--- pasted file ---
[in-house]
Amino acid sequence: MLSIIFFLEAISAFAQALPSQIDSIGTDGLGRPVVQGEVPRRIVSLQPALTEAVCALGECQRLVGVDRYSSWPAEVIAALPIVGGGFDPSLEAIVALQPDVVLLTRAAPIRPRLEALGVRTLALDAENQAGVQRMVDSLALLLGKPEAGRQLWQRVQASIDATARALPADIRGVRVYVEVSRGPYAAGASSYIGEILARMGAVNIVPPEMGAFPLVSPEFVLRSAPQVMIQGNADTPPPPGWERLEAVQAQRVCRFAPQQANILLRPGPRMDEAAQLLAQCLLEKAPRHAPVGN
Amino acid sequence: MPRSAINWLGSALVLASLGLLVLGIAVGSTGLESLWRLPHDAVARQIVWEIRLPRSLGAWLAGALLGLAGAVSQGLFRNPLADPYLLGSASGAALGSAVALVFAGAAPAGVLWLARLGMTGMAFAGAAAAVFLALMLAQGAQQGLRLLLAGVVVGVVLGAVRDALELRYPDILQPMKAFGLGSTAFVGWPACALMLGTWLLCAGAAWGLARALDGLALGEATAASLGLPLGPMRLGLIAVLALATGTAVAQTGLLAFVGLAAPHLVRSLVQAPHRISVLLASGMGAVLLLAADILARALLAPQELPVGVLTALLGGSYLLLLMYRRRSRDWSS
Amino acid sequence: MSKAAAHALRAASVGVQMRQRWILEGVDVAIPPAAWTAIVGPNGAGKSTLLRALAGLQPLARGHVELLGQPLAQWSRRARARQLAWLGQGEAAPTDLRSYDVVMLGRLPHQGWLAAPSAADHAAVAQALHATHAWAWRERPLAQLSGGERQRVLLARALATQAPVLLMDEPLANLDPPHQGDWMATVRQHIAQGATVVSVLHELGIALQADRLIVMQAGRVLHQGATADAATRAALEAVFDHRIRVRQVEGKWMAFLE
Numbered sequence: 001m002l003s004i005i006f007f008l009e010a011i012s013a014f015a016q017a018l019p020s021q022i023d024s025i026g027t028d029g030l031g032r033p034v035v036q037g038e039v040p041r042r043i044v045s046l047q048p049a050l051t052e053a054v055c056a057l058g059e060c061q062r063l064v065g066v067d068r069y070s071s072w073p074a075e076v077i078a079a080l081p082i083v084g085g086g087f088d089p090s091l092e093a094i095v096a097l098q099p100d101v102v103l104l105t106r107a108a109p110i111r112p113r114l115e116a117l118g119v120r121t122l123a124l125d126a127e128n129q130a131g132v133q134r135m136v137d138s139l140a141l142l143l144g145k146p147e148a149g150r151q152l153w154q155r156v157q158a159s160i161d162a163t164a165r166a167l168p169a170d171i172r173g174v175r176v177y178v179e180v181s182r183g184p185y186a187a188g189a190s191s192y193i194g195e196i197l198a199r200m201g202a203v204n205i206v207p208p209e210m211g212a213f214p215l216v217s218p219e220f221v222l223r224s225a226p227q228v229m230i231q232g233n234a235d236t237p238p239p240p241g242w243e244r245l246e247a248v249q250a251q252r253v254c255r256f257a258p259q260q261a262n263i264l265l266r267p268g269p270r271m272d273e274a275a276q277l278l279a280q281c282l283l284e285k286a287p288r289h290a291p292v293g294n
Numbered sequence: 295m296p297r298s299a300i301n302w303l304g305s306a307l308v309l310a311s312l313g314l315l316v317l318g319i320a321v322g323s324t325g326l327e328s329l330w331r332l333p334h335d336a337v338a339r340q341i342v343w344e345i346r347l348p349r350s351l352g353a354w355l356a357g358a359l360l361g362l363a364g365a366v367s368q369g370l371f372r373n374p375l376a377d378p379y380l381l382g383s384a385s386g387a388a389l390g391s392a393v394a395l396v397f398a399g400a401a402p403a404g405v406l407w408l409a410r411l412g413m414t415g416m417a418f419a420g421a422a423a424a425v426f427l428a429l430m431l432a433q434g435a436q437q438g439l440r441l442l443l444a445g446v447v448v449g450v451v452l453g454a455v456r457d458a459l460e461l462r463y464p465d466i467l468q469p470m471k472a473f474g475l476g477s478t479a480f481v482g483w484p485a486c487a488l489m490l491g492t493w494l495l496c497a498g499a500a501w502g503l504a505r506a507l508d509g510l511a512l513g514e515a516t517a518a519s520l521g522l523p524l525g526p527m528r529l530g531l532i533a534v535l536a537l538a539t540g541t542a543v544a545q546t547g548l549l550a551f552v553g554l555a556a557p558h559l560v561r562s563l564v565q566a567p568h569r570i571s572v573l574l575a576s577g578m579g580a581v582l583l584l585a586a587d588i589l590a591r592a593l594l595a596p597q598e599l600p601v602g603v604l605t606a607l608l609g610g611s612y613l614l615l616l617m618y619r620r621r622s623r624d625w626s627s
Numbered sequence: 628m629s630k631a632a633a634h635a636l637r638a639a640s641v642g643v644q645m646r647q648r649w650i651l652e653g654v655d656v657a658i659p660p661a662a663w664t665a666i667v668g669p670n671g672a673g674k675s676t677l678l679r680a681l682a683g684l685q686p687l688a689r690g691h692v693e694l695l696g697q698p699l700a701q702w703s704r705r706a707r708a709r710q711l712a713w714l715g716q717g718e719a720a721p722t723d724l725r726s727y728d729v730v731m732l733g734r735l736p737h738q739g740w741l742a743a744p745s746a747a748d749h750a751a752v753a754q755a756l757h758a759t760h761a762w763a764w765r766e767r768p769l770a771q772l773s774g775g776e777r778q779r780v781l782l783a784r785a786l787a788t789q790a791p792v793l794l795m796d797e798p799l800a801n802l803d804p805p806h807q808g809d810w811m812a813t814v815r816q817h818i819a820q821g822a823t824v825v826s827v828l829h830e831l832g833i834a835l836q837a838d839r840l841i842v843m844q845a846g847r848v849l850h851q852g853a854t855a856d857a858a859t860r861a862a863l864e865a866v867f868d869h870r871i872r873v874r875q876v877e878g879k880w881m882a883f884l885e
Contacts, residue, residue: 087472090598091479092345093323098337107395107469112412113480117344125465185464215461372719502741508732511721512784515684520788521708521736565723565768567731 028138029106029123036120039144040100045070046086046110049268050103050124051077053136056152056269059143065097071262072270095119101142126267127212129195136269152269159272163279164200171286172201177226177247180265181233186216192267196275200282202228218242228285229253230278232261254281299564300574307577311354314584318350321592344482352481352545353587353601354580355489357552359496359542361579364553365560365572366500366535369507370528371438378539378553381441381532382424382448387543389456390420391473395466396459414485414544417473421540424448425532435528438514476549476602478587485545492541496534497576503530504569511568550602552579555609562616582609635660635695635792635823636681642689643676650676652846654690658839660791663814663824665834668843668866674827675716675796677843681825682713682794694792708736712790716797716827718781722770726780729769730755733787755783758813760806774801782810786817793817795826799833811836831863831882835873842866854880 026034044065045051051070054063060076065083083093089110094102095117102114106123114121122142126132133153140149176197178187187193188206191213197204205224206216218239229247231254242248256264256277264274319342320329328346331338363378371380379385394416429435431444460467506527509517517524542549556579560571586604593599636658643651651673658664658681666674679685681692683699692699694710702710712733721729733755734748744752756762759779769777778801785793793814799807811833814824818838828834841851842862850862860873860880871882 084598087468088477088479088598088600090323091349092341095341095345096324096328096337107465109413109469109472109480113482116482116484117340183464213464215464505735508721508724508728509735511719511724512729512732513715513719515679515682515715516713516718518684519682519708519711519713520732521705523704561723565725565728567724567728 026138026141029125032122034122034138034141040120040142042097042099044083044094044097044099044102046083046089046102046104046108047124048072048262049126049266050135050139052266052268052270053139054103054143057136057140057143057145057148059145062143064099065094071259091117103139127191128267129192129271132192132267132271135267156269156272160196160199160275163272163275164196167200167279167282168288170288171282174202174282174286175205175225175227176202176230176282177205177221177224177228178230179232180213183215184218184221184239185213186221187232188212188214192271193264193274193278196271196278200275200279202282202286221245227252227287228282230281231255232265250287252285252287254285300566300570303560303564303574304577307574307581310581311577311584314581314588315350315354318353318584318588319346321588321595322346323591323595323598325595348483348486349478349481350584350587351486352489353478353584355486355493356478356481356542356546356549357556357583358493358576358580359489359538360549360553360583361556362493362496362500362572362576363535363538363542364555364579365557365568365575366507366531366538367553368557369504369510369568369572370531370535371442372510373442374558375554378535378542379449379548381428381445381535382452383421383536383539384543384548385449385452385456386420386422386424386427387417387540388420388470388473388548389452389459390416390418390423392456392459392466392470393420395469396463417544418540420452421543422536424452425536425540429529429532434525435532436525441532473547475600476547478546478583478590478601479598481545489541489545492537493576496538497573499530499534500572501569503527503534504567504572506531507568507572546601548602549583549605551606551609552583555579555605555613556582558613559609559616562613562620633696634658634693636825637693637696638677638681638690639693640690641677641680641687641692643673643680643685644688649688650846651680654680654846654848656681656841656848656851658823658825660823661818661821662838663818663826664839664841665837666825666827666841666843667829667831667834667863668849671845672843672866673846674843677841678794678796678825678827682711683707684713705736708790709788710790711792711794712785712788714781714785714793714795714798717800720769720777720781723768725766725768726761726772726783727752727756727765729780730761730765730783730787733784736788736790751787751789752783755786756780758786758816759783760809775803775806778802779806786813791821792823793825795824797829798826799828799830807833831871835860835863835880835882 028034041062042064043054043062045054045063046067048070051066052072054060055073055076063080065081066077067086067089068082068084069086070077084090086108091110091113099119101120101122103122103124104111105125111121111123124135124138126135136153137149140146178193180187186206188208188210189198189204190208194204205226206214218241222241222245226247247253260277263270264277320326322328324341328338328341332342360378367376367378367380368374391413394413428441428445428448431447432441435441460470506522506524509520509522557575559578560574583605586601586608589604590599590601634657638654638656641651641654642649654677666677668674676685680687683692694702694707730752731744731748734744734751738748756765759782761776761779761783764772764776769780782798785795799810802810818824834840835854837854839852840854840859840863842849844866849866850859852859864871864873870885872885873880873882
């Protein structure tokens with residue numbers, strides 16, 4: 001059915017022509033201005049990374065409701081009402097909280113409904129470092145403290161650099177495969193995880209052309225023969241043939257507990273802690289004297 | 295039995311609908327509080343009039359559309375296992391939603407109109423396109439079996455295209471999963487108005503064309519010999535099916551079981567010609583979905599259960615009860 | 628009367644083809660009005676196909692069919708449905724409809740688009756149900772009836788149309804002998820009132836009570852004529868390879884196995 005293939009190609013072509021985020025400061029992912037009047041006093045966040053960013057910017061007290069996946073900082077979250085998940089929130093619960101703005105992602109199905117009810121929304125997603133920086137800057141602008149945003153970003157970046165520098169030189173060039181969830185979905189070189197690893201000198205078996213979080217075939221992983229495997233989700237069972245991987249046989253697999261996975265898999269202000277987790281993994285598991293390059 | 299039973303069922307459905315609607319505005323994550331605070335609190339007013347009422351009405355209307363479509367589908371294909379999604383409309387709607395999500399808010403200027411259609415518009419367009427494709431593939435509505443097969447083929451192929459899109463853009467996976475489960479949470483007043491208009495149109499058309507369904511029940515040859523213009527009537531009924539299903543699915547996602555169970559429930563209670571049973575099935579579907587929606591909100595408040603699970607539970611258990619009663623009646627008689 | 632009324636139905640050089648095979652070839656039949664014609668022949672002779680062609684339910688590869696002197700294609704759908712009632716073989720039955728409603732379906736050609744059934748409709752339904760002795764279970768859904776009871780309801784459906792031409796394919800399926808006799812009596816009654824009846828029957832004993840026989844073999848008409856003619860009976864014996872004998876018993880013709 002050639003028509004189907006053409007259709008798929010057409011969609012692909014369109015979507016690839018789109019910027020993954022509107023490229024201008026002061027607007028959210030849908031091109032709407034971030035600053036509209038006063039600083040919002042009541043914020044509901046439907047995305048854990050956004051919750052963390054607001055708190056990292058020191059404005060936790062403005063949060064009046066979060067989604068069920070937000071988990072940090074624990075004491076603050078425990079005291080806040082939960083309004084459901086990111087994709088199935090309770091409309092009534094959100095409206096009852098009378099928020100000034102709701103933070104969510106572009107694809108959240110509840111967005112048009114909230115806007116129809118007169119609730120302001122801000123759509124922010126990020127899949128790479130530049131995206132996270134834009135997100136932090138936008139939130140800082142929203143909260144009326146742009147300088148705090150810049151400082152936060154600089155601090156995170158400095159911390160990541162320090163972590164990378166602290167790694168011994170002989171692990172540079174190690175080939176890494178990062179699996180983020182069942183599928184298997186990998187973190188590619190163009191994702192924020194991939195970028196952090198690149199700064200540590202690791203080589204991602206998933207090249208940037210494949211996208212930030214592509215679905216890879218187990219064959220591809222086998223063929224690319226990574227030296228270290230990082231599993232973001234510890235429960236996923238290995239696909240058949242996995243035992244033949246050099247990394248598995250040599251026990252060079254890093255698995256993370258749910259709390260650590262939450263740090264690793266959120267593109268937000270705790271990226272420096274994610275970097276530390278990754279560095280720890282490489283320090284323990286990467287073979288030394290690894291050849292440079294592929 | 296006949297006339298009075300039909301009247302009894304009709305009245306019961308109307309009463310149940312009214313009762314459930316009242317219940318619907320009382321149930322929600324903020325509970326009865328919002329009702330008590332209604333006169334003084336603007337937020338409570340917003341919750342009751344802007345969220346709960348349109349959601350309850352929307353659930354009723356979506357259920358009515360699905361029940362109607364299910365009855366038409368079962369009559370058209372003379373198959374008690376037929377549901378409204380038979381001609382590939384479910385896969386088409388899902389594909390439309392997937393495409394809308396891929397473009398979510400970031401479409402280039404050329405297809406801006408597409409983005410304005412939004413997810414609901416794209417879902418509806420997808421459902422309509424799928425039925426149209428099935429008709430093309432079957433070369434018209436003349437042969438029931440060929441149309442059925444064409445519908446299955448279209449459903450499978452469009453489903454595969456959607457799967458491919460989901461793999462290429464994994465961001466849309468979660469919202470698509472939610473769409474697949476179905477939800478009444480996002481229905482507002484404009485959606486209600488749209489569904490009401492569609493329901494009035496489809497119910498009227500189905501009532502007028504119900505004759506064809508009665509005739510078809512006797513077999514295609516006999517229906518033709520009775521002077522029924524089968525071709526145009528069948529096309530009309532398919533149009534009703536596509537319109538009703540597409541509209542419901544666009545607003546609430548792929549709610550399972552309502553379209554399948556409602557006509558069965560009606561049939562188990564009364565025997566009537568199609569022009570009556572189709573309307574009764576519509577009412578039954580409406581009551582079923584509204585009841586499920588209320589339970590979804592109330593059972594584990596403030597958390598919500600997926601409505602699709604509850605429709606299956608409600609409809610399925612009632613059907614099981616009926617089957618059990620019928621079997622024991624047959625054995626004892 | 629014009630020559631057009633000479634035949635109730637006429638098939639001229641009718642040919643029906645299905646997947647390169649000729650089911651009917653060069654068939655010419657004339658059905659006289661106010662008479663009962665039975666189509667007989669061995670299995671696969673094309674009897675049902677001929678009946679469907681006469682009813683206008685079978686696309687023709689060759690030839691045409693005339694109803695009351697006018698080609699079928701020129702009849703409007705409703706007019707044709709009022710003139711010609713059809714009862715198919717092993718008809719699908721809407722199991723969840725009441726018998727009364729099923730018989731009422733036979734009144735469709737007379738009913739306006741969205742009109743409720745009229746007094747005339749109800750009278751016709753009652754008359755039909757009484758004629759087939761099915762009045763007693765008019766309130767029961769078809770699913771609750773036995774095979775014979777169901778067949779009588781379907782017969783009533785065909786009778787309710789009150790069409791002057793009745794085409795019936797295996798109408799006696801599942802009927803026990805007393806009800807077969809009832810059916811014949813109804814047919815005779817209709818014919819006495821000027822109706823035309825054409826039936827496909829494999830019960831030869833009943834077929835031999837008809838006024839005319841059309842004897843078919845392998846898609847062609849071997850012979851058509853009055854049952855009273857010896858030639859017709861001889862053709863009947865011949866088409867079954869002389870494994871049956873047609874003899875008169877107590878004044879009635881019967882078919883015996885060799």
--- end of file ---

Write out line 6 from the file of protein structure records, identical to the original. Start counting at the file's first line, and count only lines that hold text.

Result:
Numbered sequence: 295m296p297r298s299a300i301n302w303l304g305s306a307l308v309l310a311s312l313g314l315l316v317l318g319i320a321v322g323s324t325g326l327e328s329l330w331r332l333p334h335d336a337v338a339r340q341i342v343w344e345i346r347l348p349r350s351l352g353a354w355l356a357g358a359l360l361g362l363a364g365a366v367s368q369g370l371f372r373n374p375l376a377d378p379y380l381l382g383s384a385s386g387a388a389l390g391s392a393v394a395l396v397f398a399g400a401a402p403a404g405v406l407w408l409a410r411l412g413m414t415g416m417a418f419a420g421a422a423a424a425v426f427l428a429l430m431l432a433q434g435a436q437q438g439l440r441l442l443l444a445g446v447v448v449g450v451v452l453g454a455v456r457d458a459l460e461l462r463y464p465d466i467l468q469p470m471k472a473f474g475l476g477s478t479a480f481v482g483w484p485a486c487a488l489m490l491g492t493w494l495l496c497a498g499a500a501w502g503l504a505r506a507l508d509g510l511a512l513g514e515a516t517a518a519s520l521g522l523p524l525g526p527m528r529l530g531l532i533a534v535l536a537l538a539t540g541t542a543v544a545q546t547g548l549l550a551f552v553g554l555a556a557p558h559l560v561r562s563l564v565q566a567p568h569r570i571s572v573l574l575a576s577g578m579g580a581v582l583l584l585a586a587d588i589l590a591r592a593l594l595a596p597q598e599l600p601v602g603v604l605t606a607l608l609g610g611s612y613l614l615l616l617m618y619r620r621r622s623r624d625w626s627s